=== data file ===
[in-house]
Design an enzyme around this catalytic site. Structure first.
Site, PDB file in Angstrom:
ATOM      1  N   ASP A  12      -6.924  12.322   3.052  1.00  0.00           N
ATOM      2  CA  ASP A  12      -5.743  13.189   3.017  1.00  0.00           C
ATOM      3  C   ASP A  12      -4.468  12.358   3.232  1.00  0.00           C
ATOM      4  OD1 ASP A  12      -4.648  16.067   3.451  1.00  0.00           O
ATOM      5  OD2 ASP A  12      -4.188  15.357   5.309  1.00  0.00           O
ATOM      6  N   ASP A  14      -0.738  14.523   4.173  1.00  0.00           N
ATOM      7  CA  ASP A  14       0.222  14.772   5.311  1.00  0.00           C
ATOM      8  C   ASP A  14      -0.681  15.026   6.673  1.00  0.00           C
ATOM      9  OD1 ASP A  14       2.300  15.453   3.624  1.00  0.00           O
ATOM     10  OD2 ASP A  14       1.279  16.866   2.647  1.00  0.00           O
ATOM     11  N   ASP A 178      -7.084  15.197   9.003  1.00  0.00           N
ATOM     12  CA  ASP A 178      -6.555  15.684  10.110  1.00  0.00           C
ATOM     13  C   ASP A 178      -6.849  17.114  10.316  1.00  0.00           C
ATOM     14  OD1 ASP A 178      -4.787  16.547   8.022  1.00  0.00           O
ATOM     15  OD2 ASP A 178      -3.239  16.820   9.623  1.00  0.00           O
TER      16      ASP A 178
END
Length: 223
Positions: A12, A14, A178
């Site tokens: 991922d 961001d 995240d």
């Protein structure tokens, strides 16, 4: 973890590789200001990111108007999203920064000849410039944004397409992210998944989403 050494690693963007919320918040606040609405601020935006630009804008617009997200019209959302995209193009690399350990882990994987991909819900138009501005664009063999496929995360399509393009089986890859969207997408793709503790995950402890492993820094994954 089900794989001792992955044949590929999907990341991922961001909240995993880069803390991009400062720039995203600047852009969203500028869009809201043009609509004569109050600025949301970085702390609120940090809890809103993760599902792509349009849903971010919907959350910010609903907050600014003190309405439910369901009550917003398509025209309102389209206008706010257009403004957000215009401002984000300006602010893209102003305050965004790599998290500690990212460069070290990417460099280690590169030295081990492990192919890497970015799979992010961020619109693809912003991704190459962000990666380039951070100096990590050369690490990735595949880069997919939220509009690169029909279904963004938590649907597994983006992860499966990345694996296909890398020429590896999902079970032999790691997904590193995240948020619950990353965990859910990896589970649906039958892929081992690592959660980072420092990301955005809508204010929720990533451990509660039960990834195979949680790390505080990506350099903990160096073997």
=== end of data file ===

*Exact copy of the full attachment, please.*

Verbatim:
[in-house]
Design an enzyme around this catalytic site. Structure first.
Site, PDB file in Angstrom:
ATOM      1  N   ASP A  12      -6.924  12.322   3.052  1.00  0.00           N
ATOM      2  CA  ASP A  12      -5.743  13.189   3.017  1.00  0.00           C
ATOM      3  C   ASP A  12      -4.468  12.358   3.232  1.00  0.00           C
ATOM      4  OD1 ASP A  12      -4.648  16.067   3.451  1.00  0.00           O
ATOM      5  OD2 ASP A  12      -4.188  15.357   5.309  1.00  0.00           O
ATOM      6  N   ASP A  14      -0.738  14.523   4.173  1.00  0.00           N
ATOM      7  CA  ASP A  14       0.222  14.772   5.311  1.00  0.00           C
ATOM      8  C   ASP A  14      -0.681  15.026   6.673  1.00  0.00           C
ATOM      9  OD1 ASP A  14       2.300  15.453   3.624  1.00  0.00           O
ATOM     10  OD2 ASP A  14       1.279  16.866   2.647  1.00  0.00           O
ATOM     11  N   ASP A 178      -7.084  15.197   9.003  1.00  0.00           N
ATOM     12  CA  ASP A 178      -6.555  15.684  10.110  1.00  0.00           C
ATOM     13  C   ASP A 178      -6.849  17.114  10.316  1.00  0.00           C
ATOM     14  OD1 ASP A 178      -4.787  16.547   8.022  1.00  0.00           O
ATOM     15  OD2 ASP A 178      -3.239  16.820   9.623  1.00  0.00           O
TER      16      ASP A 178
END
Length: 223
Positions: A12, A14, A178
């Site tokens: 991922d 961001d 995240d």
């Protein structure tokens, strides 16, 4: 973890590789200001990111108007999203920064000849410039944004397409992210998944989403 050494690693963007919320918040606040609405601020935006630009804008617009997200019209959302995209193009690399350990882990994987991909819900138009501005664009063999496929995360399509393009089986890859969207997408793709503790995950402890492993820094994954 089900794989001792992955044949590929999907990341991922961001909240995993880069803390991009400062720039995203600047852009969203500028869009809201043009609509004569109050600025949301970085702390609120940090809890809103993760599902792509349009849903971010919907959350910010609903907050600014003190309405439910369901009550917003398509025209309102389209206008706010257009403004957000215009401002984000300006602010893209102003305050965004790599998290500690990212460069070290990417460099280690590169030295081990492990192919890497970015799979992010961020619109693809912003991704190459962000990666380039951070100096990590050369690490990735595949880069997919939220509009690169029909279904963004938590649907597994983006992860499966990345694996296909890398020429590896999902079970032999790691997904590193995240948020619950990353965990859910990896589970649906039958892929081992690592959660980072420092990301955005809508204010929720990533451990509660039960990834195979949680790390505080990506350099903990160096073997």